Hepatitis C virus (HCV) infection in Australia is predominantly transmitted through injecting drug use. A reduction in the heroin supply in Australia in late 2000 and early 2001 may have impacted the number of injecting drug users (IDUs) and consequently the number of new hepatitis C infections in Australia. This paper updates estimates of HCV incidence and prevalence between 1960 and 2005.
Simple mathematical models were used to estimate HCV incidence among IDUs, migrants to Australia from high HCV-prevalence countries, and other HCV exposure groups. Recent trends in numbers of IDUs were based on indicators of injecting drug use. A natural history of HCV model was applied to estimate the prevalence of HCV in the population.
The modelled best estimate of past HCV incidence showed a consistent increasing rate of HCV infections to a peak of 14,000 new seroconversions in 1999, followed by a decline in 2001-2002 coincident with the decline in heroin availability. HCV incidence was estimated to be 9700 (lower and upper limits of 6600 and 13,200) in 2005. Of these, 88.7% were estimated to be through injecting drug use, 7.2% among migrants and 4.1% through other transmission routes. An estimated 264,000 (lower and upper limits of 206,000 and 318,000) people were HCV antibody positive in 2005.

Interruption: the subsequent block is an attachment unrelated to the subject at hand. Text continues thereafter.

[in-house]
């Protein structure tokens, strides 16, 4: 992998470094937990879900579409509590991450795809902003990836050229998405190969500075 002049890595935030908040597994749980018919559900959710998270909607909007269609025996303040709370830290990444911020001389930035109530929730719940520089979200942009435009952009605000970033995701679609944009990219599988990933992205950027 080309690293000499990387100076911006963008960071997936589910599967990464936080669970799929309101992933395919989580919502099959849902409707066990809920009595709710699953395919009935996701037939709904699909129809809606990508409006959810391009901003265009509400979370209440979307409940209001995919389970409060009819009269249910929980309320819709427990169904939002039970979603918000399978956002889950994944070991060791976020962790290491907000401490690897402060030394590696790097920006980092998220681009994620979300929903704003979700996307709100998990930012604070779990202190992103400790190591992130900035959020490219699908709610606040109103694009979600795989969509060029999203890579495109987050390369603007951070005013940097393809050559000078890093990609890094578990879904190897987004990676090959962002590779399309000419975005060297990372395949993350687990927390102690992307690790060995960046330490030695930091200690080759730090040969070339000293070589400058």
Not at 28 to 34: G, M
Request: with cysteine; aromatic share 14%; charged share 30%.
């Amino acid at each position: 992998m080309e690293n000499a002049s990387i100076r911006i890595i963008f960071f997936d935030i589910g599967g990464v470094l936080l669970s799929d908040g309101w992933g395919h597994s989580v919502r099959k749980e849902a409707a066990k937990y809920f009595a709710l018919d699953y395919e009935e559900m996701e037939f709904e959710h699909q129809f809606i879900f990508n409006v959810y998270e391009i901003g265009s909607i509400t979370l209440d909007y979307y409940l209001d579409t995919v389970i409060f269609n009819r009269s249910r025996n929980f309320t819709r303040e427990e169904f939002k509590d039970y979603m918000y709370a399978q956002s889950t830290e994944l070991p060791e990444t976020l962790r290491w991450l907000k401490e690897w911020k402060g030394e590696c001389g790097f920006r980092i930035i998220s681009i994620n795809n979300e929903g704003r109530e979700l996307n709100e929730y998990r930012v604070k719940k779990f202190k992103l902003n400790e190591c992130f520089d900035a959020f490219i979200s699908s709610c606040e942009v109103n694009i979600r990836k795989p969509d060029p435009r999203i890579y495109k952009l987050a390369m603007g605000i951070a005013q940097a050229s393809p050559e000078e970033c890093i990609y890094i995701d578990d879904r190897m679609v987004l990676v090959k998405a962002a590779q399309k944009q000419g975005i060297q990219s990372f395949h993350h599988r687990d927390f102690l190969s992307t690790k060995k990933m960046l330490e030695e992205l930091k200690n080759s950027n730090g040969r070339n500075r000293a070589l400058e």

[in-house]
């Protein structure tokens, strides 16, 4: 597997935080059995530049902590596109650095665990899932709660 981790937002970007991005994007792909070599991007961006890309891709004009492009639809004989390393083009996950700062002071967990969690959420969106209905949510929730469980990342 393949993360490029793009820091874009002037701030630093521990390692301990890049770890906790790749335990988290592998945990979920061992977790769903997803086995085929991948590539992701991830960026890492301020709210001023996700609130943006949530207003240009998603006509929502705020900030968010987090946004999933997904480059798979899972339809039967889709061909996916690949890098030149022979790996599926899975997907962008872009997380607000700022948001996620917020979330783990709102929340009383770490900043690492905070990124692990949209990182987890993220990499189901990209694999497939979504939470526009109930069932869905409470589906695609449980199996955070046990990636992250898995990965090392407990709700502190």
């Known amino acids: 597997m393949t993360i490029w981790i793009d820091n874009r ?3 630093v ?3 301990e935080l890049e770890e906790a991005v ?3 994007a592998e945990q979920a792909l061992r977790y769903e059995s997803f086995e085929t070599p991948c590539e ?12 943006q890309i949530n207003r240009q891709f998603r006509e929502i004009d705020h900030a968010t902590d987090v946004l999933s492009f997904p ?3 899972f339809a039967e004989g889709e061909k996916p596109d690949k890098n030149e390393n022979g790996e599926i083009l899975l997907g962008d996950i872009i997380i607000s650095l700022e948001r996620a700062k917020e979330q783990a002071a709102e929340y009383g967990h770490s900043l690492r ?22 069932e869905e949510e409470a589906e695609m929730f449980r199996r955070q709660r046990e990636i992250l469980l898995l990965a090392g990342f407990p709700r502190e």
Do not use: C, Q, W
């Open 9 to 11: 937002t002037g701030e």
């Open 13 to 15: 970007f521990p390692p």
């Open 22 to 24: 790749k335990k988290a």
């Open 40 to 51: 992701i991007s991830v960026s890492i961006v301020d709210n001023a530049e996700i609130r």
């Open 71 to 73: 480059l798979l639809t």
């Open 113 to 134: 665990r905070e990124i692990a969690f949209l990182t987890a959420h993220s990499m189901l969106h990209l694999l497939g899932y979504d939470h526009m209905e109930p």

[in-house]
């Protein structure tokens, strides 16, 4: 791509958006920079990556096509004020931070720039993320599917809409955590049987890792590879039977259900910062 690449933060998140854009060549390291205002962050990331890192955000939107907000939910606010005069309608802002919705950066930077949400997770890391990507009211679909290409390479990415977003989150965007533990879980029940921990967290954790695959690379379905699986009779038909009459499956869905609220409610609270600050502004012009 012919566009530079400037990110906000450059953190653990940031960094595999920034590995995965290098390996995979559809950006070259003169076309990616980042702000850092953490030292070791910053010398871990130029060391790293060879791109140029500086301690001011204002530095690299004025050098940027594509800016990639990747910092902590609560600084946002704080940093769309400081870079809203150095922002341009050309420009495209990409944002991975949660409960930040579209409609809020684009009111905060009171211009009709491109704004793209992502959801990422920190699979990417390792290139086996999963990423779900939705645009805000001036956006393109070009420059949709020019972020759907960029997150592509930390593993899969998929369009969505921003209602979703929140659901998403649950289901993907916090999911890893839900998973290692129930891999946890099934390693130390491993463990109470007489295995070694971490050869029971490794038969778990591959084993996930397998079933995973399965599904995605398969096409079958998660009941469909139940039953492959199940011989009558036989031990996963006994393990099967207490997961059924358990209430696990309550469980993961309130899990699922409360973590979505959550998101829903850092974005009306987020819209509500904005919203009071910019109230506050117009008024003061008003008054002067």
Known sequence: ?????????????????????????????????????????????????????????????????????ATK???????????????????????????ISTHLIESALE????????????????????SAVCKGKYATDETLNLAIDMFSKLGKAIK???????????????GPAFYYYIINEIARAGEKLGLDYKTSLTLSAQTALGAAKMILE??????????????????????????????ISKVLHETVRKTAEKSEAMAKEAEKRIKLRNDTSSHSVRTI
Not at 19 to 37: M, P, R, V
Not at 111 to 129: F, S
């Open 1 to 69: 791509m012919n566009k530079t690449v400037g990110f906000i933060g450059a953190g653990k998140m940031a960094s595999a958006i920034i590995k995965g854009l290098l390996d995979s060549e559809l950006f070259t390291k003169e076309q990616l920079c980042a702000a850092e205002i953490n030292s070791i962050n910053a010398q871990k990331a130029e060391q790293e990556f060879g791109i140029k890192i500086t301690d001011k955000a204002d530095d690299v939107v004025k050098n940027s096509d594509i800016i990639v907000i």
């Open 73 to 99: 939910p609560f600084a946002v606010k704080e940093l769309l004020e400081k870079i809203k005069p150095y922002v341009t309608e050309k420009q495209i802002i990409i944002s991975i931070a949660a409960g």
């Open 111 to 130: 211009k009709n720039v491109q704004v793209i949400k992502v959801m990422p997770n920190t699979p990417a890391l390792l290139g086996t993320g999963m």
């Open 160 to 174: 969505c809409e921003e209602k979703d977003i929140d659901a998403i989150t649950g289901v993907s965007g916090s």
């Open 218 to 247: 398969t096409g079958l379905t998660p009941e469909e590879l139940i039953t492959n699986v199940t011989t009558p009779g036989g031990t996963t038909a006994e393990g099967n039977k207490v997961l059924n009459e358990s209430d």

Mathematical models suggest that HCV incidence in Australia decreased from a peak of 14,000 new infections in 1999 to 9700 new infections in 2005, largely attributable to a reduction in injecting drug use. The numbers of people living with HCV in Australia is, however, estimated to continue to increase.